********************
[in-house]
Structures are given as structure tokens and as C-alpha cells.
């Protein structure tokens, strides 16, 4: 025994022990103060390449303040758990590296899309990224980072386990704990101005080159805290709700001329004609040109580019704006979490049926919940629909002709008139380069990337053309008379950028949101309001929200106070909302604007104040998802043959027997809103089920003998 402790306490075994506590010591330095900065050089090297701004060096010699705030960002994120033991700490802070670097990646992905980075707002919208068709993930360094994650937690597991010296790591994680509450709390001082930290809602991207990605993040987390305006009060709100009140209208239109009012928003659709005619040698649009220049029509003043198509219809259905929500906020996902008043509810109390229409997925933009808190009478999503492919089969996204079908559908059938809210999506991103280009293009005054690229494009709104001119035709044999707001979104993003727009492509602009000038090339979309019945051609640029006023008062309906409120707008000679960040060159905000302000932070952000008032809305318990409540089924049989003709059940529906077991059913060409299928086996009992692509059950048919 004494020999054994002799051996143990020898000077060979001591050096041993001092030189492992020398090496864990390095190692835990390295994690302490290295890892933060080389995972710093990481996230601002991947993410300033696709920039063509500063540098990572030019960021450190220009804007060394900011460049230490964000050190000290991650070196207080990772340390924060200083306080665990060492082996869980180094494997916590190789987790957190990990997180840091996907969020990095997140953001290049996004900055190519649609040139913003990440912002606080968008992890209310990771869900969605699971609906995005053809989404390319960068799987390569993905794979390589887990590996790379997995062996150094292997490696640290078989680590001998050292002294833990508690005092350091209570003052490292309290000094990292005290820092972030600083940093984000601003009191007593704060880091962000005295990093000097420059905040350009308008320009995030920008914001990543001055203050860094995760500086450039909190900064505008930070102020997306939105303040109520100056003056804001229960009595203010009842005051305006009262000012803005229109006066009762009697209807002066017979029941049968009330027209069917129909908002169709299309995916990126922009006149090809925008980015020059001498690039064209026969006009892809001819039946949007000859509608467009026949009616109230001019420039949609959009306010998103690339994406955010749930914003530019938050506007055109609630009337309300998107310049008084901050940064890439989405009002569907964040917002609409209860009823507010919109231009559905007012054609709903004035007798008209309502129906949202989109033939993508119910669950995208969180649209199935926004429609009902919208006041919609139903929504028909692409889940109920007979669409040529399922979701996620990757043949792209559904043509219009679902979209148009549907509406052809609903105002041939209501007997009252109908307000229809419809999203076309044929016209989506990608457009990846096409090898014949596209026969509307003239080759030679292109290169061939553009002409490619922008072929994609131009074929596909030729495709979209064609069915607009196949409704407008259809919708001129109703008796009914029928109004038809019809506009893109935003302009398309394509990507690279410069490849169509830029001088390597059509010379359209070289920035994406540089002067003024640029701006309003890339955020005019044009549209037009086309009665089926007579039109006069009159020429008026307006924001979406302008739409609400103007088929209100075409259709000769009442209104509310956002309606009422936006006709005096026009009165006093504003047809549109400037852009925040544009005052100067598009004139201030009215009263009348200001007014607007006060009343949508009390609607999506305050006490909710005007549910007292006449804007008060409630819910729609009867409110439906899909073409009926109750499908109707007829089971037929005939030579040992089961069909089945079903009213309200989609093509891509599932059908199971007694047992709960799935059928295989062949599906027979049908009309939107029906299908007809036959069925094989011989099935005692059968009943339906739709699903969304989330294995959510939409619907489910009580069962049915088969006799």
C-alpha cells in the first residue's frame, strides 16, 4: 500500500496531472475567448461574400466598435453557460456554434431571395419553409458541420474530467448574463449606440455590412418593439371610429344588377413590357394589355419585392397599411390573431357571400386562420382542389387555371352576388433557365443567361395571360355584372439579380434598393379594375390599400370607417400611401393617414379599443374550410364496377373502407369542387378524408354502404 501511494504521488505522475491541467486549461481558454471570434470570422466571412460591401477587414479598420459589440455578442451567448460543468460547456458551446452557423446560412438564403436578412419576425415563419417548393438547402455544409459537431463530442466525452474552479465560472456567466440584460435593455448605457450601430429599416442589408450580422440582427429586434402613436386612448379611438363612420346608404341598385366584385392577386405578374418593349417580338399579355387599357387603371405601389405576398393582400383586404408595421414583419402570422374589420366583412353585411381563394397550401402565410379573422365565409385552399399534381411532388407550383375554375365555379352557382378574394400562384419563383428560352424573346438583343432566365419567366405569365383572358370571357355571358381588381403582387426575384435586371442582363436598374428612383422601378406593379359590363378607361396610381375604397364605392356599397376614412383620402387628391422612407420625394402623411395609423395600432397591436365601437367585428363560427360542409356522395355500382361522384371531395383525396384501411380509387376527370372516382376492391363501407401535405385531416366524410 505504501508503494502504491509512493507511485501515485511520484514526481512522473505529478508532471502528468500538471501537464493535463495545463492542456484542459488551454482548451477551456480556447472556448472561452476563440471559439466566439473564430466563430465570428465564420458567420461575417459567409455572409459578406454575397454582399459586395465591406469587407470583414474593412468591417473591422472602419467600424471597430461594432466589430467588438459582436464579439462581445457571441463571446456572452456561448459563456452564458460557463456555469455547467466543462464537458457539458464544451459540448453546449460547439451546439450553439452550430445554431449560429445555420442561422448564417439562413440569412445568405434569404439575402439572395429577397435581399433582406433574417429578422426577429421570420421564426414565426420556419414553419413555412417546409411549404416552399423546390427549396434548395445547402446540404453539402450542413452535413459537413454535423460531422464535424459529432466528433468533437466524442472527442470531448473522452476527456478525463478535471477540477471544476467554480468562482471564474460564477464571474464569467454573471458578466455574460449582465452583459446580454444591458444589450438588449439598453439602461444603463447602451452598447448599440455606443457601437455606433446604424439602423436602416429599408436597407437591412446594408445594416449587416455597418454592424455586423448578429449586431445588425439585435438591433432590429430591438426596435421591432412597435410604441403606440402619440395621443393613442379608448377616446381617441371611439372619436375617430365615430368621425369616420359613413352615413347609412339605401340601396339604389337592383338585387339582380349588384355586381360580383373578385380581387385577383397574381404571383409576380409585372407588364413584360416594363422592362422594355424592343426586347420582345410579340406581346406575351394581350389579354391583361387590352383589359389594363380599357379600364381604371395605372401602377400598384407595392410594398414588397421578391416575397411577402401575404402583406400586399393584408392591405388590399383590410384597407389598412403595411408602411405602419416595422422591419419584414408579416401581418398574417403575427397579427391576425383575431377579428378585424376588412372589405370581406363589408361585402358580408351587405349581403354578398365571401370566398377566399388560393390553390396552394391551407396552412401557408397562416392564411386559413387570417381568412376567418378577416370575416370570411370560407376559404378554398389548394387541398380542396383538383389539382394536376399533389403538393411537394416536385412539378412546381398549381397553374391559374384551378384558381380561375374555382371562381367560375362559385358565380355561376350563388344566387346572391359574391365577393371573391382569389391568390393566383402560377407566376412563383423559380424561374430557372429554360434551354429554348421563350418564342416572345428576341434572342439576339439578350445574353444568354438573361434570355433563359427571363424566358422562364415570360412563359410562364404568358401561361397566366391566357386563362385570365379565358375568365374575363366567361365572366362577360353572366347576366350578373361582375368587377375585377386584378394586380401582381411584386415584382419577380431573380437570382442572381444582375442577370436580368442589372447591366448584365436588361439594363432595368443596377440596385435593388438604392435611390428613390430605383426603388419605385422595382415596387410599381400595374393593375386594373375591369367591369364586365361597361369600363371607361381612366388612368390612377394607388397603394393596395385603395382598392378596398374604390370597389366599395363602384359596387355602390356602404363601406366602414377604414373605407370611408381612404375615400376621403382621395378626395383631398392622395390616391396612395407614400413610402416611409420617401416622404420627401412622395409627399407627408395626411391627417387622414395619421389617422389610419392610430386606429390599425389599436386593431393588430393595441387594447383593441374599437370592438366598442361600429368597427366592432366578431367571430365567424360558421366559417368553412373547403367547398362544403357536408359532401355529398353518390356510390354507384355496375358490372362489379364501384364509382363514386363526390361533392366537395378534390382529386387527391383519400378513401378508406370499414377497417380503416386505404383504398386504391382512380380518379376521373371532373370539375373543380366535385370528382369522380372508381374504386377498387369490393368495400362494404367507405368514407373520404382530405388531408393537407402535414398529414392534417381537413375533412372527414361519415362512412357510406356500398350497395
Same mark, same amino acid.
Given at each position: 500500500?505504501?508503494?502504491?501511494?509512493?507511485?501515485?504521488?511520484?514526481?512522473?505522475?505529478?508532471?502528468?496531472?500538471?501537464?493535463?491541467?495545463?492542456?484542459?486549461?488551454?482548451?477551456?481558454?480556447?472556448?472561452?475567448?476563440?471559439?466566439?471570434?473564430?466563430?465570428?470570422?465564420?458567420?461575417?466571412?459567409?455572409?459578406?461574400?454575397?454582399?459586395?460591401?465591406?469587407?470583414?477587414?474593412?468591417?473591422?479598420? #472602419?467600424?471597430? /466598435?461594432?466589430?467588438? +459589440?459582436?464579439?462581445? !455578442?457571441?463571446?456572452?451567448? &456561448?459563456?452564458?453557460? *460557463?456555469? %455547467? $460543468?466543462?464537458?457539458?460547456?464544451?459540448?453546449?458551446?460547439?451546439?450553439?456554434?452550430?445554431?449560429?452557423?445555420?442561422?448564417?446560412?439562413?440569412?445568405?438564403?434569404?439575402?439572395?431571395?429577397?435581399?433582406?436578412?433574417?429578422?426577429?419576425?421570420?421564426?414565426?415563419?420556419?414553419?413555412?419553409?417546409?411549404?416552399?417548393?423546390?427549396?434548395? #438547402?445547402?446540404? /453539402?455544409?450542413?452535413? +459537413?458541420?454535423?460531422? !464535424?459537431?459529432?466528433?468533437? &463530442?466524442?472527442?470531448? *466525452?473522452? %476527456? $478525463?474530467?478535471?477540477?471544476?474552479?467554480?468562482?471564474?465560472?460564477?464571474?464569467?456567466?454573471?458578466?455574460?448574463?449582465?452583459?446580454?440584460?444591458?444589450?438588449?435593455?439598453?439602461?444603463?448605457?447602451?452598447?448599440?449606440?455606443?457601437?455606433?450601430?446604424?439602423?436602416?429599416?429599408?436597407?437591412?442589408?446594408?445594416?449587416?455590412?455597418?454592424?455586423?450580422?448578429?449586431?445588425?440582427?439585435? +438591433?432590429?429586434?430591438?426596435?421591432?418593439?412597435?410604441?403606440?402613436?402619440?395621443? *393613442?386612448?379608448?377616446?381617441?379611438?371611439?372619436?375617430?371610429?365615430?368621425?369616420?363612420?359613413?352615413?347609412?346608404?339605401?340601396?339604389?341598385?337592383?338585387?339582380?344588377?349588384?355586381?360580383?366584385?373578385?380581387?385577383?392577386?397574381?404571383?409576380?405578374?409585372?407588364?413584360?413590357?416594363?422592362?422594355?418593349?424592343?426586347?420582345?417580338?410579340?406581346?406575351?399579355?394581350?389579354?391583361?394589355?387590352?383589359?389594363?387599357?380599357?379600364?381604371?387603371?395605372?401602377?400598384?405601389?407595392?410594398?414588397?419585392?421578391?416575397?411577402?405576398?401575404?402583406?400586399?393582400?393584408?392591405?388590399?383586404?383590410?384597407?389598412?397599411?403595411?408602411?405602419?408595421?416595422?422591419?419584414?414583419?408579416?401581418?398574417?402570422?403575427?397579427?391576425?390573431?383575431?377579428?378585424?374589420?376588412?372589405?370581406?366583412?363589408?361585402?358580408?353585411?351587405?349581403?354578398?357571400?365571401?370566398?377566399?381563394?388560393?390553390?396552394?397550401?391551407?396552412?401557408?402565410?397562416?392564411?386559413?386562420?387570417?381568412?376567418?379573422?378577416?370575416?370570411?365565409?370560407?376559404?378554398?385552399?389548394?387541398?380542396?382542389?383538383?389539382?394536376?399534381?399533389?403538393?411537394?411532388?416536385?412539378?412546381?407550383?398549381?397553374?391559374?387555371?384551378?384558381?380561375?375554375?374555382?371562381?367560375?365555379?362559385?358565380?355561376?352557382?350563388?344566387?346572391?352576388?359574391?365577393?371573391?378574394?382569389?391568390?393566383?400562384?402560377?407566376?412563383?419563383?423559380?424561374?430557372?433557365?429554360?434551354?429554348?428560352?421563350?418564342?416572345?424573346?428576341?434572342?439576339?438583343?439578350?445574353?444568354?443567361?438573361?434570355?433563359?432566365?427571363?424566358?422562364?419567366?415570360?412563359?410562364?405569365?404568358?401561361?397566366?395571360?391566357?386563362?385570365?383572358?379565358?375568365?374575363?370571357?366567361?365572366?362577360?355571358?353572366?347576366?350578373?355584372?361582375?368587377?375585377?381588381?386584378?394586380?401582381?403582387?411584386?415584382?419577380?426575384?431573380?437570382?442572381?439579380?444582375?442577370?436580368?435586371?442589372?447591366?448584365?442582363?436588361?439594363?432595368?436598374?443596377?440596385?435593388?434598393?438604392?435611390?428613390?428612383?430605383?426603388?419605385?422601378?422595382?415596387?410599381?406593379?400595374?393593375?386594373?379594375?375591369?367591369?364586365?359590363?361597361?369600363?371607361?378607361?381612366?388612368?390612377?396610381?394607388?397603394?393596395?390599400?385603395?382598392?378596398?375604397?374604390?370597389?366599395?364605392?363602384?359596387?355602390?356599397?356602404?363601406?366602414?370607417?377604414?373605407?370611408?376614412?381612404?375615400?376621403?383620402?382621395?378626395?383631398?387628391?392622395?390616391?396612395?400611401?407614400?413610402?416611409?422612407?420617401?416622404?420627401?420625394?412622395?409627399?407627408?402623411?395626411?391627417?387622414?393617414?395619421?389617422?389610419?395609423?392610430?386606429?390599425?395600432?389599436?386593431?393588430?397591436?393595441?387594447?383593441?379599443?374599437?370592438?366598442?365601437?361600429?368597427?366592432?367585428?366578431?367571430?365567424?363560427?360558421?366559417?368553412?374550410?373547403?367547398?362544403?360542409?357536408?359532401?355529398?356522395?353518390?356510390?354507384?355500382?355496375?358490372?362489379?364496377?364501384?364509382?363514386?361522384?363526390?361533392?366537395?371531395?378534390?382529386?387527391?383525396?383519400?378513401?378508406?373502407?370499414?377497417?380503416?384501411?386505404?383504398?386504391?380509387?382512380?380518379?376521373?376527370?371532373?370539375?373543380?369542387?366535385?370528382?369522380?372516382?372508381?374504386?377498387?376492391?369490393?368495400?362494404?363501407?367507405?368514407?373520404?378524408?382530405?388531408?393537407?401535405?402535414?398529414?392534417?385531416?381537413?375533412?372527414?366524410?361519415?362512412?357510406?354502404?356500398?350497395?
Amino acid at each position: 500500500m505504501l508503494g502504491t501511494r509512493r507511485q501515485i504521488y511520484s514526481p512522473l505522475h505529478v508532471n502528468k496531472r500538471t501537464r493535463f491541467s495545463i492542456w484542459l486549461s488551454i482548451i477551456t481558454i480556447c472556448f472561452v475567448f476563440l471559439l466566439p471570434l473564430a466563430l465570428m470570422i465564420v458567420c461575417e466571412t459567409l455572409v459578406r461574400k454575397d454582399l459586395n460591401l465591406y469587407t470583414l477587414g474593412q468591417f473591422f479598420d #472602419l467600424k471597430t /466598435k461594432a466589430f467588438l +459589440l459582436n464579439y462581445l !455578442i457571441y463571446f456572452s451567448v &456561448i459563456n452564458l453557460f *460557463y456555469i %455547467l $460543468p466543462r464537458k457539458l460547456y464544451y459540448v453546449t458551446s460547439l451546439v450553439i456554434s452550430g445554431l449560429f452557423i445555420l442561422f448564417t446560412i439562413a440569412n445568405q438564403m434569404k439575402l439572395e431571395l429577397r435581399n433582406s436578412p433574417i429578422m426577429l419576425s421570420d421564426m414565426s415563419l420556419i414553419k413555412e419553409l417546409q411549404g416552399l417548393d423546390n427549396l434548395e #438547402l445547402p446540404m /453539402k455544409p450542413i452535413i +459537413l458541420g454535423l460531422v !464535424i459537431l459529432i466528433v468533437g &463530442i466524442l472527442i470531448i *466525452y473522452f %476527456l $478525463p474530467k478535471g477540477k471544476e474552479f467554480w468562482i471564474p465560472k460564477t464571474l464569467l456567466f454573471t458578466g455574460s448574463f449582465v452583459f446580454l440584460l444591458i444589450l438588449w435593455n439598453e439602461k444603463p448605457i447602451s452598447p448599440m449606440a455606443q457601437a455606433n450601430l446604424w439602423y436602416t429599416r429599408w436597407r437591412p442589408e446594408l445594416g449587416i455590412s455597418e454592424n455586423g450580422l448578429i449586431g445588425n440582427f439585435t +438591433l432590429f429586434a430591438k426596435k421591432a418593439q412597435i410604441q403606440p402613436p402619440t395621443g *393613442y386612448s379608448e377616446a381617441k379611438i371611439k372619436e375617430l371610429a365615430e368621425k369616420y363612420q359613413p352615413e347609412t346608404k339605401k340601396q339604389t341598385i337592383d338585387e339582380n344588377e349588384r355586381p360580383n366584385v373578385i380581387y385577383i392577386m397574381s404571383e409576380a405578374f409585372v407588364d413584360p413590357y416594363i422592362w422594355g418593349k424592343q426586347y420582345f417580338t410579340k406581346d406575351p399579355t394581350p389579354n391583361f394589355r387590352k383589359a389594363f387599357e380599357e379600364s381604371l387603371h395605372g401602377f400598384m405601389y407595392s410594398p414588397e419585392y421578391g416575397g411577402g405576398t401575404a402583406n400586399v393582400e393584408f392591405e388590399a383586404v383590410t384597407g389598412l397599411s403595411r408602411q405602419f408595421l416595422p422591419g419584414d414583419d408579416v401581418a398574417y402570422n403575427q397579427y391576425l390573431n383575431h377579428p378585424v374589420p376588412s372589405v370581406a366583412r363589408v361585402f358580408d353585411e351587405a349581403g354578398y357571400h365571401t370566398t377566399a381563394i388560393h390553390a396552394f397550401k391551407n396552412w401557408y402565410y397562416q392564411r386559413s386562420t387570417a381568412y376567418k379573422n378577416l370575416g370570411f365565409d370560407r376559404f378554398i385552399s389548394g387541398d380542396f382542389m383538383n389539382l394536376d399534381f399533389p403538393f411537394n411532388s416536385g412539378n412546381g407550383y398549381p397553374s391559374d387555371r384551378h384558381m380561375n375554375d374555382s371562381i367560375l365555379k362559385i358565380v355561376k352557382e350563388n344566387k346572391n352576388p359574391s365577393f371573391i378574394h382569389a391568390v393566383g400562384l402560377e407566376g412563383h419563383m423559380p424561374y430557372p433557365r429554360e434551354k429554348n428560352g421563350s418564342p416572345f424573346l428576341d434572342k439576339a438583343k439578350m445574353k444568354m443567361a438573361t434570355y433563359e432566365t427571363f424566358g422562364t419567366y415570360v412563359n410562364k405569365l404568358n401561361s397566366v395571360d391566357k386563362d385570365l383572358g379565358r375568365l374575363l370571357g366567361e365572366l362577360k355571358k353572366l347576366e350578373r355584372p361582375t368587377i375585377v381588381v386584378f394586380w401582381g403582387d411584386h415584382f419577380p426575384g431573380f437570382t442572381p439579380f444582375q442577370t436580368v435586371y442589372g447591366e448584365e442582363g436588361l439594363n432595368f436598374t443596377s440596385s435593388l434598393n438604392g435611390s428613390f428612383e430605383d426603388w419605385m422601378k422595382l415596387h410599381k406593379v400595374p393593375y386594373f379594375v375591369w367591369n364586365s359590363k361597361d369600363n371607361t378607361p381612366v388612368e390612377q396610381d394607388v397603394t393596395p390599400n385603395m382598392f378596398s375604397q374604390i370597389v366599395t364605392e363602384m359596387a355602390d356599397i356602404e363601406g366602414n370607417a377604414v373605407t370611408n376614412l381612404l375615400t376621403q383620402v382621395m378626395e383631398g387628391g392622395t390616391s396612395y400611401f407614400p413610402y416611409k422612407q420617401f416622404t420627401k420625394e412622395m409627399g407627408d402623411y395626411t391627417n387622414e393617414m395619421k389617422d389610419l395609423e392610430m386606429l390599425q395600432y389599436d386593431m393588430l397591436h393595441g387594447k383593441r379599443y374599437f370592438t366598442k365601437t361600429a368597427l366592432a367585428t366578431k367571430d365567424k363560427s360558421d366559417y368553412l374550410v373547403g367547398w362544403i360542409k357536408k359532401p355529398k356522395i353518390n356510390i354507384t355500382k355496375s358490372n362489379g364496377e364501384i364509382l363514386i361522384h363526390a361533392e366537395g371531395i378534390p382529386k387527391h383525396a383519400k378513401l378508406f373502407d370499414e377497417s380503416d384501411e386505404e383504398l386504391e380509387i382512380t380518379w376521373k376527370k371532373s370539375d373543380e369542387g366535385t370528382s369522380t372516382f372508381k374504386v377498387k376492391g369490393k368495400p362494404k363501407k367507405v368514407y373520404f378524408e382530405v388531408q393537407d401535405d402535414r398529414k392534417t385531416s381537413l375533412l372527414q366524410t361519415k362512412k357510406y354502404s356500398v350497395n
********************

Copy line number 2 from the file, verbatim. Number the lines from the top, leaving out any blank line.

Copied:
Structures are given as structure tokens and as C-alpha cells.